Investors spooked by Fed’s imminent rate hike move
The forecast move by the U.S. Federal Reserve today to hike interest rates is spooking investors into making sure their portfolios are suitably diversified. Something they should be doing already.
Markets are awaiting the Fed’s announcement on Wednesday, which could indicate the first increase in U.S. rates since 2018 as they attempt to combat soaring inflation.
The day has arrived. Investors across the globe have been preparing for the Fed’s decision since the start of the year, which, subsequently, has led to bouts of volatility within global stock markets.
We saw this on Monday with one of the most extraordinary rallies ever on Wall Street. This was the first time since the 2008 financial crisis that the Nasdaq had been down over 4% on the session and closed up. There was a similar occurrence on the Dow Jones index.
Whilst elevated interest rates hike borrowing costs for all businesses, they also make companies’ forecast profits worthless in investors’ valuation models. This is intensified for tech and other growth stocks, with peak earnings not expected for years.
Therefore, investors are now keen to reassess the values of and increase their exposure to energy, industrials, materials and financials sectors.
A number of the valuations of tech and growth stocks are just too high, and it simply doesn’t make sense to have over-exposure to them.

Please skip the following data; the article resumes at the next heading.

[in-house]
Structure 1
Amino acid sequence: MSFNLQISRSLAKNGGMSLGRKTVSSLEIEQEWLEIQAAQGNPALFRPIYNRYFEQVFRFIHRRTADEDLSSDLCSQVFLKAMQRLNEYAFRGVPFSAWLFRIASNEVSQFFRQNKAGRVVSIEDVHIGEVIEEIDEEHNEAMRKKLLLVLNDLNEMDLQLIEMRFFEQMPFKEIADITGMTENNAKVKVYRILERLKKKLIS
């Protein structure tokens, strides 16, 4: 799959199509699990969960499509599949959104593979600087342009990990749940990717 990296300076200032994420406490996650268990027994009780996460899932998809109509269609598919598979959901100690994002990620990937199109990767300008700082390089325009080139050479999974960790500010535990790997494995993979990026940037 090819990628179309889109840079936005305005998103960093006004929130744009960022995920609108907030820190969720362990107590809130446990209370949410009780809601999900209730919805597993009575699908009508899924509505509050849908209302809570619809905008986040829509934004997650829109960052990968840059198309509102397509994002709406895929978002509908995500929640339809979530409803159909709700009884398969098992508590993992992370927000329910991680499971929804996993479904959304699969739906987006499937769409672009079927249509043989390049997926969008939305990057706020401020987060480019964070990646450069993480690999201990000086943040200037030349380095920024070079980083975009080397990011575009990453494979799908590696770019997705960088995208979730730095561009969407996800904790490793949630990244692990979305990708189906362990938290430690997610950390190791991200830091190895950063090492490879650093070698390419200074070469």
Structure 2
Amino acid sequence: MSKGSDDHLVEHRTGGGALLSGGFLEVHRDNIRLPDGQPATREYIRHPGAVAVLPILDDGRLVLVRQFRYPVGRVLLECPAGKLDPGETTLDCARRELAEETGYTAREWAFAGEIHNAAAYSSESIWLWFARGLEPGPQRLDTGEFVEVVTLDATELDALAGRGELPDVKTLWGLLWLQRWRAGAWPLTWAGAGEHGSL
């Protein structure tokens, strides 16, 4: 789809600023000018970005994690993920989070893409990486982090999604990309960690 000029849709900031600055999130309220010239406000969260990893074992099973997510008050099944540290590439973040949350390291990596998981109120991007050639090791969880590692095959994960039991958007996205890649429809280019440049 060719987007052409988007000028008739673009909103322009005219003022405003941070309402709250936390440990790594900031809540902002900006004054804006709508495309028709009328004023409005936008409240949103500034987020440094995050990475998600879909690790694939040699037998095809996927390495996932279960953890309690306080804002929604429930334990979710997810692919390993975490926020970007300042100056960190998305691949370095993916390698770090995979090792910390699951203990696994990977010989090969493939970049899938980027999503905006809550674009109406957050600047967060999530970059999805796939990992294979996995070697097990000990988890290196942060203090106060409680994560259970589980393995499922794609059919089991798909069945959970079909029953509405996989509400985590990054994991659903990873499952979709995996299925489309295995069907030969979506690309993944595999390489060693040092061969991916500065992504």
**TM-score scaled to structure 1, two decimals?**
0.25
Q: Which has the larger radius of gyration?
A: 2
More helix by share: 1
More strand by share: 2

That said, they will not, sensibly, be dumping all growth stocks. Savvy investors recognise that the Covid crisis has led to the development of fundamental trends like online shopping, remote working and gaming.
Indeed, the expected move by the Fed spooking investors into ensuring sufficient portfolio diversification is a good thing. This includes owning stocks from various industries, regions, and risk profiles, as well as other investments such as bonds, commodities, currencies and real estate. This is the optimum way to mitigate risk and make the most of opportunities.
This is a wake-up call by the Fed to investors around the world. Review your portfolio frequently, stay diversified and don’t try to ‘time the market’.